Devialet Silver Phantom audio speaker

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Re: Devialet Silver Phantom audio speaker

#21  Postby Shrunk » Nov 20, 2016 5:06 pm

Alan B wrote:What cables would you use?

These Rip-off Merchants?

Mains cables at £200 a go, speaker cables at £1,100 per metre.

There was a well known blind test, oh, many years ago, where audiophiles couldn't tell the difference between 'custom' speaker cables and a 13 Amp mains cable used to connect to the speakers... :whistle:


I know I've mentioned this company before, but for the uninitiated:

http://www.machinadynamica.com/index.html

I notice they have a new product since I last looked at their website:

OUR NEW PRODUCT Morphic Message Labels, comes in a sheet of 60 CLEAR Easy -Peel adhesive-backed lables with messages in red ink, each label 2/3" by 1 3/4". Morphic Message Labels go on ANY and ALL BAR CODES on the jewel box of all CDs, DVDs, Blu Ray discs, as well as any and all Bar Codes on LPs and books - i.e., all media. Labels should also go on any and all COMPACT DISC DIGITAL AUDIO logos that appear on jewel boxes and on CDs themselves. Labels should also go on ALL BAR CODES anywhere in the house! - on food packages, cosmetics, cleaning supplies, kitchen appliances, etc. Many different messages to choose from, one message per sheet. Morphic Message Labels are based on Peter Belt's Red X Pen and Gold Message Foil. Permission was kindly granted for this Morphic Message Label project by Peter and May Belt of PWB Electronics. $30 per sheet of 80 labels. if you order three sheets of labels each sheet will contain a different morphic message. Instructions included.

"I got the sheets of labels and stuck about 280 labels all over the house, on bar codes mostly but also on other things like logos and brand names. Immediately without any doubt the sound quality was spectacular, especially in terms of AIR and realism. On percussive things such as maracas I could hear the inner nuances in great detail, in it's own space and with plenty of AIR. And MUCH lower distortion. Totally. Send more sheets of labels and hurry! Have you thought of the IMPLICATIONS of this?". - Brian Wilbur, 18 May 2015

"O.K., they work. More detail and more air. - customer, June 7, 2015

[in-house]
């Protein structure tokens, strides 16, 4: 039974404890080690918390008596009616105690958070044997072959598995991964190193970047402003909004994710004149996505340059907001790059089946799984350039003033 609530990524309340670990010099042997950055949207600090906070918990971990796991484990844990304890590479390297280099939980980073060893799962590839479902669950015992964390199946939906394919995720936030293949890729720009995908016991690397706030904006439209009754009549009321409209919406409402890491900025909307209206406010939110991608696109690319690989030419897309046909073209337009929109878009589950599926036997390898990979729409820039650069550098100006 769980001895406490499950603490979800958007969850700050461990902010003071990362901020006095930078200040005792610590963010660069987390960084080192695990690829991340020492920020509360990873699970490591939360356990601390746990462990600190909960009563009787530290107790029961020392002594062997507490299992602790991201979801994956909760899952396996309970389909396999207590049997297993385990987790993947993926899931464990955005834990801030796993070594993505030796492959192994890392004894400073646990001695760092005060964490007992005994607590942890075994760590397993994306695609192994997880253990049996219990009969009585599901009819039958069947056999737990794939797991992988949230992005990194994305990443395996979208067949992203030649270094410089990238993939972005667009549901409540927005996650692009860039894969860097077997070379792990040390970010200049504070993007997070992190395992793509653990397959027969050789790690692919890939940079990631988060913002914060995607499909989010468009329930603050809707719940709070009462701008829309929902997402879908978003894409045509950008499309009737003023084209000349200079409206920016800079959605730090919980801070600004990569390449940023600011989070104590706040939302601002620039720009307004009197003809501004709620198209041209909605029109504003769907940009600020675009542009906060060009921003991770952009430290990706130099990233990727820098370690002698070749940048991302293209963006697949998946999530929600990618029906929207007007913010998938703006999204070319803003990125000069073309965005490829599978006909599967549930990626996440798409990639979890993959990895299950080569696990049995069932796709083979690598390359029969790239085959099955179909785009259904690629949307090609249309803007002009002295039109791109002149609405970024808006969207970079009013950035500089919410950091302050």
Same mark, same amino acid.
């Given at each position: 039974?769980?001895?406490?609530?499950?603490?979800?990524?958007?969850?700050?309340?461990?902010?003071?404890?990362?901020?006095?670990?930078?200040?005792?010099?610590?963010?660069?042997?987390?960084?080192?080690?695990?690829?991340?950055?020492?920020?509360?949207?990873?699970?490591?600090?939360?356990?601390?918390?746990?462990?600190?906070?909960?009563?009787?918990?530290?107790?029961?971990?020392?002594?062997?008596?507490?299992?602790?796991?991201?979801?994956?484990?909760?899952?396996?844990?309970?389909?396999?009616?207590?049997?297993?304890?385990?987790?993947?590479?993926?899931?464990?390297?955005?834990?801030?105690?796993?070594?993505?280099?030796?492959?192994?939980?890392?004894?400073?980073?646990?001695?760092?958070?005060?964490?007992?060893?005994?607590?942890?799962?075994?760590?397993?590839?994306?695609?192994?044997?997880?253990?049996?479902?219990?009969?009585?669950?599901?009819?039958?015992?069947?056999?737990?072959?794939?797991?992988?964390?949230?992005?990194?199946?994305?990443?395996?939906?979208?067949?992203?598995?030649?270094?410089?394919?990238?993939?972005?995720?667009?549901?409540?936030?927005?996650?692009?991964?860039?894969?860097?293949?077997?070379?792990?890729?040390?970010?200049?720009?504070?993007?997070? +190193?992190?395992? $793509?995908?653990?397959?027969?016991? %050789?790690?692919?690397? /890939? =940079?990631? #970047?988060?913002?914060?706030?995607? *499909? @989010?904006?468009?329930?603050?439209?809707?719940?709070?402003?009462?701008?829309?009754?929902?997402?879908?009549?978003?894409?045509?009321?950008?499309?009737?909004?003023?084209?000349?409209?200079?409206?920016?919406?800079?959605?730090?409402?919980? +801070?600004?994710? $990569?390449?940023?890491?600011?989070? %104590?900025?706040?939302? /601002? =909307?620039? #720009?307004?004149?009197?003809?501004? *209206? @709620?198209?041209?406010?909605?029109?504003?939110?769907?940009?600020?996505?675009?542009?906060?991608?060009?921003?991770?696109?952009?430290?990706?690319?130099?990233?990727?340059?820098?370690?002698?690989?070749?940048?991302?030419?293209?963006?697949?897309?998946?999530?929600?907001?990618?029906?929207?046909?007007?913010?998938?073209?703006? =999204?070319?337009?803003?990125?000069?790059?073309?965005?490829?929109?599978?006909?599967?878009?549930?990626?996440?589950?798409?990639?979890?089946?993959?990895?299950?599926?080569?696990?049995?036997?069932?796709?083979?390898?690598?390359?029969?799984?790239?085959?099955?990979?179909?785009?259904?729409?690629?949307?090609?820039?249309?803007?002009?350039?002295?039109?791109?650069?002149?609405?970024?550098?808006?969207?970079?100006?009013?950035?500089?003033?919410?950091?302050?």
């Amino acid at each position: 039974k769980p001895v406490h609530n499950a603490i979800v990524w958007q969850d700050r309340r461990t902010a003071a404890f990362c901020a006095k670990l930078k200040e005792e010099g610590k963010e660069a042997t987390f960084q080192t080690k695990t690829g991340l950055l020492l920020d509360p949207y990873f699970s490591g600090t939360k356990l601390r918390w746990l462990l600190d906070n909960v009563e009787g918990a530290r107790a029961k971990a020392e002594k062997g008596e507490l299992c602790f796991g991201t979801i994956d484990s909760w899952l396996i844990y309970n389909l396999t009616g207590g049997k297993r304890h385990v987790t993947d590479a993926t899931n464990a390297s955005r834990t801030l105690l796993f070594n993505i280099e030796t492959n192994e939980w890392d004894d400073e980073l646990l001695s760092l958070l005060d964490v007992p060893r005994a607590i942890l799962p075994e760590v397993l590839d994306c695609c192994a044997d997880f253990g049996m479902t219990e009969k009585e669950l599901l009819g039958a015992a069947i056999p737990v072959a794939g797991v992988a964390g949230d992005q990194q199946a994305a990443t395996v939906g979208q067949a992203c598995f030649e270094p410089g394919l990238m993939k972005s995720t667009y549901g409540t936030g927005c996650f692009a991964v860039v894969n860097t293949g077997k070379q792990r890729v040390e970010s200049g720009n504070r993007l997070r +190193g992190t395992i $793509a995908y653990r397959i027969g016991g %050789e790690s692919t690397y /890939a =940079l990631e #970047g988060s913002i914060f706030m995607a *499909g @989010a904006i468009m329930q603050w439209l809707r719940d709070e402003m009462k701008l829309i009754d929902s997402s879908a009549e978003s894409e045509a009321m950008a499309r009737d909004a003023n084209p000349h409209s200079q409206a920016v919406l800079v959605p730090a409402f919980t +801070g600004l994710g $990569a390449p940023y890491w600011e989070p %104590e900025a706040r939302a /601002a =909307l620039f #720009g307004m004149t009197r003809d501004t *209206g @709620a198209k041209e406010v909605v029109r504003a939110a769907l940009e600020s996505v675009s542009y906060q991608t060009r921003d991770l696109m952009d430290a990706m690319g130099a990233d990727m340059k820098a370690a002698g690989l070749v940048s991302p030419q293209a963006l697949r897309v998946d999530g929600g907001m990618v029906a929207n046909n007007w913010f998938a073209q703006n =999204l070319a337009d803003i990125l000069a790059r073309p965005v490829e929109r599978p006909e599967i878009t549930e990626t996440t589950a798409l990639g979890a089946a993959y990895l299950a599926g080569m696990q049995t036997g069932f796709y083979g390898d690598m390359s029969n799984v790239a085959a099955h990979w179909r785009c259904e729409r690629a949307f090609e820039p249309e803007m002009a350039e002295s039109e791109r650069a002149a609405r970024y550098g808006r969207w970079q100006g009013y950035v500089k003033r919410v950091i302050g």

:nod:
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Re: Devialet Silver Phantom audio speaker

#22  Postby laklak » Nov 20, 2016 5:52 pm

WTactualF?
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Re: Devialet Silver Phantom audio speaker

#23  Postby laklak » Nov 20, 2016 5:55 pm

Ah OK, didn't realize what a piss-take it was. Brill.
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Re: Devialet Silver Phantom audio speaker

#24  Postby crank » Nov 20, 2016 6:14 pm

Alan B wrote:What cables would you use?

These Rip-off Merchants?

Mains cables at £200 a go, speaker cables at £1,100 per metre.

There was a well known blind test, oh, many years ago, where audiophiles couldn't tell the difference between 'custom' speaker cables and a 13 Amp mains cable used to connect to the speakers... :whistle:

There are some, I think, $20K mains cables out there, the absurdity of this is mind-boggling, all you have to do is ask them about the rest of the miles of power lines that feed the wall outlet, what's so special about that outlet, and they're stuck.
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Re: Devialet Silver Phantom audio speaker

#25  Postby crank » Nov 20, 2016 6:19 pm

Macdoc wrote:I long ago gave up trying to move air accurately around a variety of room shapes and simply went to where the engineers are ...with accurate pro cans on my head.

A system sealed to your ear canal eliminates all the hoop jumping that speakers entail and requires little power so a $99 tube headphone amp sounds glorious. I put together an OPPO DVD player, $99 tube headphone amp and my Pro Sennheisers for a glorious sound experience.

As to cabling for speakers - 12 gauge is fine and what we used to sell against the rip-off crowd.

You'll get the most detail, finest, highest fidelity sound that way, except for the one important aspect that for me is more important than shear accuracy, and that's the dynamic impact of the bass, it can't be done through headphones, hearing is more than what goes in your ear. It's a bit like food without sight or smell, it loses a substantial impact of the sensation.